Arizona State University’s Gaymon Bennett has been tapped to lead ASU’s Lincoln Center for Applied Sciences.
Bennett earned PhDs in cultural anthropology and philosophical theology from UC Berkeley, with a research focus on the impacts of modernity on contemporary experiences of science and religion. He has held other appointments at ASU such as at the Institute for the Future of Innovation in Society, the Center for the Study of Religion and Conflict and the Center for Jewish Studies.
Bennett has served as the associate director of the Lincoln Center since 2020, most recently spearheading a project backed by the John Templeton Foundation looking at how ideas of craftwork and soulwork can transform laboratory culture. His work has supported the center’s shift in focus to topics of humane technology and ethical innovation.
His appointment comes as current director, Elizabeth Langland, retires after 16 years at ASU. Langland and Bennett collaborated in 2019 at the IHR’s Future of Humane Technology Symposium in Washington, D.C. Under their leadership, the Lincoln Center has refined the design studio toolkit through multiple case studies and has also released projects which include the Human Tech Oracle Deck.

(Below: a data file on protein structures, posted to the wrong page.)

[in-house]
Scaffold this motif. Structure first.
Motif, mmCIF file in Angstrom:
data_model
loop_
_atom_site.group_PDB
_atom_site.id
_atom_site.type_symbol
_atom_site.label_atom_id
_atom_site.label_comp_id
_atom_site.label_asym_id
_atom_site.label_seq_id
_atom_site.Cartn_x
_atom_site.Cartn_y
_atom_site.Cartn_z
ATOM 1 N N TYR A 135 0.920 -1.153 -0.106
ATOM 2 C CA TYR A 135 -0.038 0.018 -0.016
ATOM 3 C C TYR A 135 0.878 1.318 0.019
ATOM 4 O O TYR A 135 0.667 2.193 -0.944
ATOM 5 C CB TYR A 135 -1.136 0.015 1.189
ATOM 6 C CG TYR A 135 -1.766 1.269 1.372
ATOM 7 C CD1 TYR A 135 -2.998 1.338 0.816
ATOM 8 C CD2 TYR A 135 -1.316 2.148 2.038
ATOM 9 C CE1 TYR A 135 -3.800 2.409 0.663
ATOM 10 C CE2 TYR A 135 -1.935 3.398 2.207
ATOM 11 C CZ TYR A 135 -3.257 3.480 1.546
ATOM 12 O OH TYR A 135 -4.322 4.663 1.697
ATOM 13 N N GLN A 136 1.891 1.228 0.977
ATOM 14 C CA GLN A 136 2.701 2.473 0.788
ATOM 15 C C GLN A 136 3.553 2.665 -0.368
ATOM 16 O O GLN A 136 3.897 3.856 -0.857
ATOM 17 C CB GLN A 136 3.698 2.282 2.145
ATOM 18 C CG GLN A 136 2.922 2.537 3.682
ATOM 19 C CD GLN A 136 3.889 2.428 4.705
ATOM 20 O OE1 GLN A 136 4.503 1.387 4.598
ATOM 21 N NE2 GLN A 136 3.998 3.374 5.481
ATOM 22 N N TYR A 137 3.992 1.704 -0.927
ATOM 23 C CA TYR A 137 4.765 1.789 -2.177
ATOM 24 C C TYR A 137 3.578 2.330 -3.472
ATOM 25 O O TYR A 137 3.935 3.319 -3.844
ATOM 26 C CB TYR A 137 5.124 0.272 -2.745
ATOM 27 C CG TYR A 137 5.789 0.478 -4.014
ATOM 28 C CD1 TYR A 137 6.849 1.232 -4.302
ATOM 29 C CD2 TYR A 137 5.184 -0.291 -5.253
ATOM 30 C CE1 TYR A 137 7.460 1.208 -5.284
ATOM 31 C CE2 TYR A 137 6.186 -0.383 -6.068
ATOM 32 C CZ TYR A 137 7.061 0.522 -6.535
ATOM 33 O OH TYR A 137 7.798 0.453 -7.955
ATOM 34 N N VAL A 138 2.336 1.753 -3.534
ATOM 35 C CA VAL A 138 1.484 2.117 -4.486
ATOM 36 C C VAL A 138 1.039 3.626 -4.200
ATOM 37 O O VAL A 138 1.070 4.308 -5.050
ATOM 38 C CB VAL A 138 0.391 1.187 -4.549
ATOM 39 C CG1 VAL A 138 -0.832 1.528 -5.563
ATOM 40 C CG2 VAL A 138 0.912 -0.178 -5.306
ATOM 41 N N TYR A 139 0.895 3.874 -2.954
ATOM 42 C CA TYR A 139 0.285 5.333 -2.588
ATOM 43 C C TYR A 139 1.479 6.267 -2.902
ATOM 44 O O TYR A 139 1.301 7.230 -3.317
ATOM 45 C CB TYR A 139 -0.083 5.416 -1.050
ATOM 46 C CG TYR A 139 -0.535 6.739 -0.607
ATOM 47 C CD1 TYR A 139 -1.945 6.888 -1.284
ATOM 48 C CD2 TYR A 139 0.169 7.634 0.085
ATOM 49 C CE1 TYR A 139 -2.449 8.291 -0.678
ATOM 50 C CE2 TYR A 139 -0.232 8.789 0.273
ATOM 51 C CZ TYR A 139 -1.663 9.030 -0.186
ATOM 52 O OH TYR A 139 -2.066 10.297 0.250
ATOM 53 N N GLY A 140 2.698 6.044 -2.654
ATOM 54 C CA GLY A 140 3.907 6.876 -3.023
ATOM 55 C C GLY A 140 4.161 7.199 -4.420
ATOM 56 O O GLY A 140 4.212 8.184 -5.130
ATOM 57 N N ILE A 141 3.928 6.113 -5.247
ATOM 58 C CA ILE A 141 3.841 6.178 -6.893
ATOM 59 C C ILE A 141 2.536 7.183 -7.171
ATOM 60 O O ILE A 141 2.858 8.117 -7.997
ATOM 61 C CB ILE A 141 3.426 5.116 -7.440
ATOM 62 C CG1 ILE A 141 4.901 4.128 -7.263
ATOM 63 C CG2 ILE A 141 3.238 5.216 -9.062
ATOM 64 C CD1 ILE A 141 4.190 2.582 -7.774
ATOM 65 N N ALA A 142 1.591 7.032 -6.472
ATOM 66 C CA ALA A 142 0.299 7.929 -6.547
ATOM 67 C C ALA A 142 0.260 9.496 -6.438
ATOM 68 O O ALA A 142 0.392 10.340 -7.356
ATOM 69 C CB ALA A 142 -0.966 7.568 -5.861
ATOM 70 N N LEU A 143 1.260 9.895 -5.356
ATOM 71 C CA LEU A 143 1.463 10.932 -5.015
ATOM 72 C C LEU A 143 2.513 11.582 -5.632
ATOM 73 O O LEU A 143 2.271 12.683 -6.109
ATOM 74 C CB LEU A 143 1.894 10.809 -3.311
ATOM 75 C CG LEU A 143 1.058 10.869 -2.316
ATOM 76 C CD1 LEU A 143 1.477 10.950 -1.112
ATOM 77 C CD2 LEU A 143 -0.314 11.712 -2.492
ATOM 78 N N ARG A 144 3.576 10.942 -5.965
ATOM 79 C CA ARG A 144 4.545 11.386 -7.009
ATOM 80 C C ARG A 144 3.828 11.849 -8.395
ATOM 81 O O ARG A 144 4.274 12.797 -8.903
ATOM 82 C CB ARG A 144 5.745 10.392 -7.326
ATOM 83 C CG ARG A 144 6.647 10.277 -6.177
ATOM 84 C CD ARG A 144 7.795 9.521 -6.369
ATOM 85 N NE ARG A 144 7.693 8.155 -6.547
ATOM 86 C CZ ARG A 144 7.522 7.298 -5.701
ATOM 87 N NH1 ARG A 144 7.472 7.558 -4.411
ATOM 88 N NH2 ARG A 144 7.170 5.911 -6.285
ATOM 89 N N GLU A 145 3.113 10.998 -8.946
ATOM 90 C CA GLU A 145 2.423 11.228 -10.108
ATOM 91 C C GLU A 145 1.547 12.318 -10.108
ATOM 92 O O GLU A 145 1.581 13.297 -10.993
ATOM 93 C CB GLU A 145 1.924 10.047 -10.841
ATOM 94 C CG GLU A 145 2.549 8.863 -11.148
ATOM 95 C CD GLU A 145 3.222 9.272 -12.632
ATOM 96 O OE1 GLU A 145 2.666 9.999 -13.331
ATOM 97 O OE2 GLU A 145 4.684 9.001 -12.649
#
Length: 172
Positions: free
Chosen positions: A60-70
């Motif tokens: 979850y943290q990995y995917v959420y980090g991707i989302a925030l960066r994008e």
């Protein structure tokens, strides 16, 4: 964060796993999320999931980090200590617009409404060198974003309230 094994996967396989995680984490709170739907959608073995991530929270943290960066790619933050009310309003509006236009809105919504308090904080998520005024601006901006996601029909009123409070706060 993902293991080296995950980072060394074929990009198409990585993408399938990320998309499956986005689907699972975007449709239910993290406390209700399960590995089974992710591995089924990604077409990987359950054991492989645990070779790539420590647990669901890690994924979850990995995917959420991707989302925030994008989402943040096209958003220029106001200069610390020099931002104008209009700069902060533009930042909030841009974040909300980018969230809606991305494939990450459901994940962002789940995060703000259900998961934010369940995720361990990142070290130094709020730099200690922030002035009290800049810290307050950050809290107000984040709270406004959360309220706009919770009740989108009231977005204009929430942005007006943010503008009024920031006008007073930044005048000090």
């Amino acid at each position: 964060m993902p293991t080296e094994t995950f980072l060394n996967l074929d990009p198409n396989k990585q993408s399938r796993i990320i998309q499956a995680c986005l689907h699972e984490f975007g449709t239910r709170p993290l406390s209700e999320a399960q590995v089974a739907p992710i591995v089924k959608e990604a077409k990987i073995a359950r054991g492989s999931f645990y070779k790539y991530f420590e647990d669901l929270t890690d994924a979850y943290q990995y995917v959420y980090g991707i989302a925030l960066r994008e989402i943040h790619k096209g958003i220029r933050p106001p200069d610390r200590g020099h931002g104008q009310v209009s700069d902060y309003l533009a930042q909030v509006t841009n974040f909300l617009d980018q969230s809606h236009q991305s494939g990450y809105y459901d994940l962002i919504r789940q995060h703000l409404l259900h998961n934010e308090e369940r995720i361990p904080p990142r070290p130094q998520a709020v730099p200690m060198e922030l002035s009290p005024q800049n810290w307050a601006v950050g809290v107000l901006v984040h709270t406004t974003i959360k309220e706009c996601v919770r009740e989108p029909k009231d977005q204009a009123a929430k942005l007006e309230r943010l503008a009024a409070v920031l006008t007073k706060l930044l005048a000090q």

Officials said that with Bennett now at the helm, the Center will continue to expand on its implementation of the design studio model, while also pursuing new opportunities in teaching, research and the facilitation of ethical inquiry. One of these key initiatives involves research on responsible artificial intelligence innovation, sponsored by the National Humanities Center, which has led to the development of a class on the human impacts of AI that will be taught by Bennett and the center’s research program manager, Erica O’Neil.
Bennett said in a statement following his appointment, “At the Lincoln Center, we’re asking: What does it mean to make ethics not just part of the scene, but to rethink the pursuit of innovation in ways that improve our collective living?”
Susan is an author with a long-time interest in religion and science. She currently edits Covalence, the Lutheran Alliance for Faith, Science and Technology’s online magazine. She has written articles in The Lutheran and the Zygon Center for Religion and Science newsletter. Susan is a board member for the Center for Advanced Study of Religion and Science, the supporting organization for the Zygon Center and the Zygon Journal. She also co-wrote Our Bodies Are Selves with Dr. Philip Hefner and Dr. Ann Pederson.